Detecting Underlying Cardiovascular Disease in Young Competitive Athletes

TitleDetecting Underlying Cardiovascular Disease in Young Competitive Athletes
Publication TypeJournal Article
Year of Publication2017
AuthorsMcKinney, J, Lithwick, DJ, Morrison, BN, Nazzari, H, Luong, M, Fordyce, CB, Taunton, J, Krahn, AD, Heilbron, B, Isserow, S
JournalCan J Cardiol.
Volume33
Issue1
Abstract

BACKGROUND:

Sudden cardiac death (SCD) is frequently the first manifestation of underlying cardiovascular disease in young competitive athletes (YCAs), yet there are no Canadian guidelines for preparticipation screening in this population. The goal of this study was to determine the prevalence of potentially lethal cardiovascular disease in a sample of Canadian YCAs by comparing 2 screening strategies.

METHODS:

We prospectively screened 1419 YCAs in British Columbia, Canada (age 12-35 years). We initially screened 714 YCAs using the American Heart Association 12-element recommendations, physical examination, and electrocardiogram (ECG) examination (phase 1). This strategy yielded a high number of false positive results; 705 YCAs were subsequently screened using a novel SportsCardiologyBC (SCBC) questionnaire and ECG examination in the absence of a physical examination (phase 2).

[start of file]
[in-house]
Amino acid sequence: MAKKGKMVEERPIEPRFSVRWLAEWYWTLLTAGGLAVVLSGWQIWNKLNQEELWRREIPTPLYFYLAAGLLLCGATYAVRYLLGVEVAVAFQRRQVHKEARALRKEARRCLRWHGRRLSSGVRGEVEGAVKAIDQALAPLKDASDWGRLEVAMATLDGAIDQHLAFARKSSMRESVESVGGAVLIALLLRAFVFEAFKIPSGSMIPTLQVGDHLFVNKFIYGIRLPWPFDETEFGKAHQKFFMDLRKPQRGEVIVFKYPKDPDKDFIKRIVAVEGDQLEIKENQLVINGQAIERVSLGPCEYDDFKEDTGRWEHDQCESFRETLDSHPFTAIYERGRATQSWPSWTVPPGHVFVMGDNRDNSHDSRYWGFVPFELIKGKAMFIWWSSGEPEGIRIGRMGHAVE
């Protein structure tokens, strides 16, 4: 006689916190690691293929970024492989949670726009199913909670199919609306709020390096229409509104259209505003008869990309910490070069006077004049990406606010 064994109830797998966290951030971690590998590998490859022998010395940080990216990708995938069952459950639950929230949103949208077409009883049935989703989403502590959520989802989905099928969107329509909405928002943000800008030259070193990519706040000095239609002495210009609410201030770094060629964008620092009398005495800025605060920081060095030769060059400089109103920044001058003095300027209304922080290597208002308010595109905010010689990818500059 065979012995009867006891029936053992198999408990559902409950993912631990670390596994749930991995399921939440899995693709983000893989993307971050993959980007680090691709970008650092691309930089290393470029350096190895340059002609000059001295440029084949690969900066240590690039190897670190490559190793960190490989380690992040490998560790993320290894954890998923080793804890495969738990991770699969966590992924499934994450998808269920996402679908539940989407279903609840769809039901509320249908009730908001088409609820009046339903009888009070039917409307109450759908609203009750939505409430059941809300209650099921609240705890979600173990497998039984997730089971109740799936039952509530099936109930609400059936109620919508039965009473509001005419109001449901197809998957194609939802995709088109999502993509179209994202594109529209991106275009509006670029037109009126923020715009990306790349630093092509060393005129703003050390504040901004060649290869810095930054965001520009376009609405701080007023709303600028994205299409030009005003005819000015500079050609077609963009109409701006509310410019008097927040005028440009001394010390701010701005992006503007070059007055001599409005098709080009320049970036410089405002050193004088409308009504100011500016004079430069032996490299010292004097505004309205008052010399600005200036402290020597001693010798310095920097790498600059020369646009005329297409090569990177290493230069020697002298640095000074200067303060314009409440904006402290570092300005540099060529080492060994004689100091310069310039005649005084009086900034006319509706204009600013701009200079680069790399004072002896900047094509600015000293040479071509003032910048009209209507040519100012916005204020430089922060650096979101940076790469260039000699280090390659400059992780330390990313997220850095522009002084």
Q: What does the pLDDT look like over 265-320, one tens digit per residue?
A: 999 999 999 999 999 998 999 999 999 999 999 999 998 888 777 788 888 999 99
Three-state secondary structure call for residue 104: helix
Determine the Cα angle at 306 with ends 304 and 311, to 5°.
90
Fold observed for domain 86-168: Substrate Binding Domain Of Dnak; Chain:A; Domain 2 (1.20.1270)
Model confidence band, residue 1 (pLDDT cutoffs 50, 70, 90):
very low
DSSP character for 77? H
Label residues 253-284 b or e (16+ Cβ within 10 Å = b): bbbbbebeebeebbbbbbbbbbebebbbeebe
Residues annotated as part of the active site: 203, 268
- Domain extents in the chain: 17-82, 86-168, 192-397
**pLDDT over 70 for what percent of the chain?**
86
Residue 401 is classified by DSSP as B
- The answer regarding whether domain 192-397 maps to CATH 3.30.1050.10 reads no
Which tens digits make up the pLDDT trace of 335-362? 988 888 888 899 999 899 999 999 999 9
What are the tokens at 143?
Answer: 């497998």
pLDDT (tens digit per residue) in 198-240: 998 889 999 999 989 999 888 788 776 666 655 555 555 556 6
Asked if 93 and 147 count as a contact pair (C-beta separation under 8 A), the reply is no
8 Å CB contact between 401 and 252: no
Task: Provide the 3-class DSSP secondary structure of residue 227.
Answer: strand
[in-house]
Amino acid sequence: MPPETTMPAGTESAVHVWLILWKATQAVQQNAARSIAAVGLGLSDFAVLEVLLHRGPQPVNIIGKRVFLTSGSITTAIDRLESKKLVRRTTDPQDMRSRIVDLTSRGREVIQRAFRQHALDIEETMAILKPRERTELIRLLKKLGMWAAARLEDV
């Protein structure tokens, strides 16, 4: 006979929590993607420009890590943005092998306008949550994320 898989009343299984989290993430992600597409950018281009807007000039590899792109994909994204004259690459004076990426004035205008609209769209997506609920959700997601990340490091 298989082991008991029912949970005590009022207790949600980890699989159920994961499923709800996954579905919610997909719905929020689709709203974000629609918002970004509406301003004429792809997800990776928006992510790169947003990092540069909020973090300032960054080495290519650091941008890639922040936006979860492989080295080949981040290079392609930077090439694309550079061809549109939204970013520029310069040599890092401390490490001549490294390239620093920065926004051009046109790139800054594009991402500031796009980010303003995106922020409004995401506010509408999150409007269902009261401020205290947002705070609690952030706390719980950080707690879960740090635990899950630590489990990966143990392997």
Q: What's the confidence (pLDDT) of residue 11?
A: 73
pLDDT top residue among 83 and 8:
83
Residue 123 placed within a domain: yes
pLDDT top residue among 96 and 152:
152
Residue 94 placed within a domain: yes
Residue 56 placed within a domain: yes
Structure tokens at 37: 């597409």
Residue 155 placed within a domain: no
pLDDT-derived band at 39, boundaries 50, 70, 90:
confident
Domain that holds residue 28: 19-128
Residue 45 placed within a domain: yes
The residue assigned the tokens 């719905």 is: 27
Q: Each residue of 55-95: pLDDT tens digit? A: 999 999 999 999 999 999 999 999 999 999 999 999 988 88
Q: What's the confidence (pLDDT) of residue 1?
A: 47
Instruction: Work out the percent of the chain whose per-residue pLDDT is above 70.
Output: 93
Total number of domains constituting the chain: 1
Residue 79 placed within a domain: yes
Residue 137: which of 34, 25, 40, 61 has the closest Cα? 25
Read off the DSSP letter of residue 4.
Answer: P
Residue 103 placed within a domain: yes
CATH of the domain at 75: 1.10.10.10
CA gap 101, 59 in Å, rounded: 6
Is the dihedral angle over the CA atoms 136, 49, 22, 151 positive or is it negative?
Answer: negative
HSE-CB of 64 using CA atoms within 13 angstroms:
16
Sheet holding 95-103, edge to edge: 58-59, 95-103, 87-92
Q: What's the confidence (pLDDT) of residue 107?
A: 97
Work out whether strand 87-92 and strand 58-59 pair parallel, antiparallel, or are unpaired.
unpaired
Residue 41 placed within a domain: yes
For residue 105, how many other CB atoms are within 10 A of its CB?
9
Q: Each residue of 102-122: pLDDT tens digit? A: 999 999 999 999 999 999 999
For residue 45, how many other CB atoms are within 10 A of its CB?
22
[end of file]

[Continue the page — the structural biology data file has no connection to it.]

RESULTS:

Overall, 7 YCAs (0.52%) were found to have clinically significant diagnoses associated with SCD (4 pre-excitation, 1 long QT syndrome, 1 mitral valve prolapse, 1 hypertrophic cardiomyopathy). Six of the 7 athletes (85.7%) with disease possessed an abnormal ECG. Conversely, only 2 had a positive personal or family history (1 athlete had an abnormal ECG and family history). The SCBC questionnaire and protocol (phase 2) was associated with fewer false positive screens; 3.7% (25 of 679) compared with 8.1% (55 of 680) in phase 1 (P = 0.0012).

CONCLUSIONS:

The prevalence of conditions associated with SCD in a cohort of Canadian YCAs was comparable with American and European populations. The SCBC questionnaire and protocol were associated with fewer false positive screens. The ECG identified most of the positive cases irrespective of screening strategy used.

DOI10.1016/j.cjca.2016.06.007